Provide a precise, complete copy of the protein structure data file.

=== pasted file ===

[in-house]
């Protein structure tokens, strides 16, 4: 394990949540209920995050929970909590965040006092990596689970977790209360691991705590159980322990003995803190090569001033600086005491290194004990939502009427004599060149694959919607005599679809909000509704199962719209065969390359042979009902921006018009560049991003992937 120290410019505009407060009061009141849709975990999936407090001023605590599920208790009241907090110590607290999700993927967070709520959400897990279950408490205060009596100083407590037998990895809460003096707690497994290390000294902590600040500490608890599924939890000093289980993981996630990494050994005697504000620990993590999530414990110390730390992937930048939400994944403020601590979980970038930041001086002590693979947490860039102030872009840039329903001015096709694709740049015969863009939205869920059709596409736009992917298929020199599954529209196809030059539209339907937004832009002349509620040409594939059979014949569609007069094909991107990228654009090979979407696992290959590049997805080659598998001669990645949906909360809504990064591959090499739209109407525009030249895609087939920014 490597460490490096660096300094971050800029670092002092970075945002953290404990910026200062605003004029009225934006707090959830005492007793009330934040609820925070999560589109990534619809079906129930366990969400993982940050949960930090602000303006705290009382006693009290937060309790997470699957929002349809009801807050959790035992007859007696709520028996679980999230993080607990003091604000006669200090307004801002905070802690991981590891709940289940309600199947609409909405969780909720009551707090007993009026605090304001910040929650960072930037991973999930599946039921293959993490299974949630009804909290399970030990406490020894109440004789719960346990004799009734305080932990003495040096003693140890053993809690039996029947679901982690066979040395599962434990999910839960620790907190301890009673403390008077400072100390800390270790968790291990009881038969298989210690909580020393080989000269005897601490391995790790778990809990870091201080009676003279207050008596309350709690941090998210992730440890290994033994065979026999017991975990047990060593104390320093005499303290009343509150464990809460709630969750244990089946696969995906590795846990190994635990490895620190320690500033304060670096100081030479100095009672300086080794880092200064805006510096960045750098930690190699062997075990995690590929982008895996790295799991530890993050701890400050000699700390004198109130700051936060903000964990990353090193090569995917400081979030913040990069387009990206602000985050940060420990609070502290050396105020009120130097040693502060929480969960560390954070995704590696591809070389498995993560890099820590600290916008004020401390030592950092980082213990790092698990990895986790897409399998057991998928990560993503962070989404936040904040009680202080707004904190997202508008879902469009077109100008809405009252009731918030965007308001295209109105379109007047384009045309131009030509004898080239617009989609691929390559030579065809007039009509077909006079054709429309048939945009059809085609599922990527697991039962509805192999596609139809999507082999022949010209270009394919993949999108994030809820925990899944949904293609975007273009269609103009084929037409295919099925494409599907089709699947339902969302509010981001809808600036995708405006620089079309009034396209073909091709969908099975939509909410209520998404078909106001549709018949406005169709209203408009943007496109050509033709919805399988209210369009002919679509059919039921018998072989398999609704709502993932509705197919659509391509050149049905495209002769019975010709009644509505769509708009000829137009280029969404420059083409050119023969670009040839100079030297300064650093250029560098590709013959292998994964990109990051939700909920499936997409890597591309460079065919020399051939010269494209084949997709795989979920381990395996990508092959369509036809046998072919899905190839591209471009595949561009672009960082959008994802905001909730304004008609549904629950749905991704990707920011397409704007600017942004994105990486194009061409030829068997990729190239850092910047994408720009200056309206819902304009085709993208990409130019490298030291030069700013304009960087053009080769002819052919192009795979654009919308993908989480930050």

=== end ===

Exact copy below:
[in-house]
């Protein structure tokens, strides 16, 4: 394990949540209920995050929970909590965040006092990596689970977790209360691991705590159980322990003995803190090569001033600086005491290194004990939502009427004599060149694959919607005599679809909000509704199962719209065969390359042979009902921006018009560049991003992937 120290410019505009407060009061009141849709975990999936407090001023605590599920208790009241907090110590607290999700993927967070709520959400897990279950408490205060009596100083407590037998990895809460003096707690497994290390000294902590600040500490608890599924939890000093289980993981996630990494050994005697504000620990993590999530414990110390730390992937930048939400994944403020601590979980970038930041001086002590693979947490860039102030872009840039329903001015096709694709740049015969863009939205869920059709596409736009992917298929020199599954529209196809030059539209339907937004832009002349509620040409594939059979014949569609007069094909991107990228654009090979979407696992290959590049997805080659598998001669990645949906909360809504990064591959090499739209109407525009030249895609087939920014 490597460490490096660096300094971050800029670092002092970075945002953290404990910026200062605003004029009225934006707090959830005492007793009330934040609820925070999560589109990534619809079906129930366990969400993982940050949960930090602000303006705290009382006693009290937060309790997470699957929002349809009801807050959790035992007859007696709520028996679980999230993080607990003091604000006669200090307004801002905070802690991981590891709940289940309600199947609409909405969780909720009551707090007993009026605090304001910040929650960072930037991973999930599946039921293959993490299974949630009804909290399970030990406490020894109440004789719960346990004799009734305080932990003495040096003693140890053993809690039996029947679901982690066979040395599962434990999910839960620790907190301890009673403390008077400072100390800390270790968790291990009881038969298989210690909580020393080989000269005897601490391995790790778990809990870091201080009676003279207050008596309350709690941090998210992730440890290994033994065979026999017991975990047990060593104390320093005499303290009343509150464990809460709630969750244990089946696969995906590795846990190994635990490895620190320690500033304060670096100081030479100095009672300086080794880092200064805006510096960045750098930690190699062997075990995690590929982008895996790295799991530890993050701890400050000699700390004198109130700051936060903000964990990353090193090569995917400081979030913040990069387009990206602000985050940060420990609070502290050396105020009120130097040693502060929480969960560390954070995704590696591809070389498995993560890099820590600290916008004020401390030592950092980082213990790092698990990895986790897409399998057991998928990560993503962070989404936040904040009680202080707004904190997202508008879902469009077109100008809405009252009731918030965007308001295209109105379109007047384009045309131009030509004898080239617009989609691929390559030579065809007039009509077909006079054709429309048939945009059809085609599922990527697991039962509805192999596609139809999507082999022949010209270009394919993949999108994030809820925990899944949904293609975007273009269609103009084929037409295919099925494409599907089709699947339902969302509010981001809808600036995708405006620089079309009034396209073909091709969908099975939509909410209520998404078909106001549709018949406005169709209203408009943007496109050509033709919805399988209210369009002919679509059919039921018998072989398999609704709502993932509705197919659509391509050149049905495209002769019975010709009644509505769509708009000829137009280029969404420059083409050119023969670009040839100079030297300064650093250029560098590709013959292998994964990109990051939700909920499936997409890597591309460079065919020399051939010269494209084949997709795989979920381990395996990508092959369509036809046998072919899905190839591209471009595949561009672009960082959008994802905001909730304004008609549904629950749905991704990707920011397409704007600017942004994105990486194009061409030829068997990729190239850092910047994408720009200056309206819902304009085709993208990409130019490298030291030069700013304009960087053009080769002819052919192009795979654009919308993908989480930050």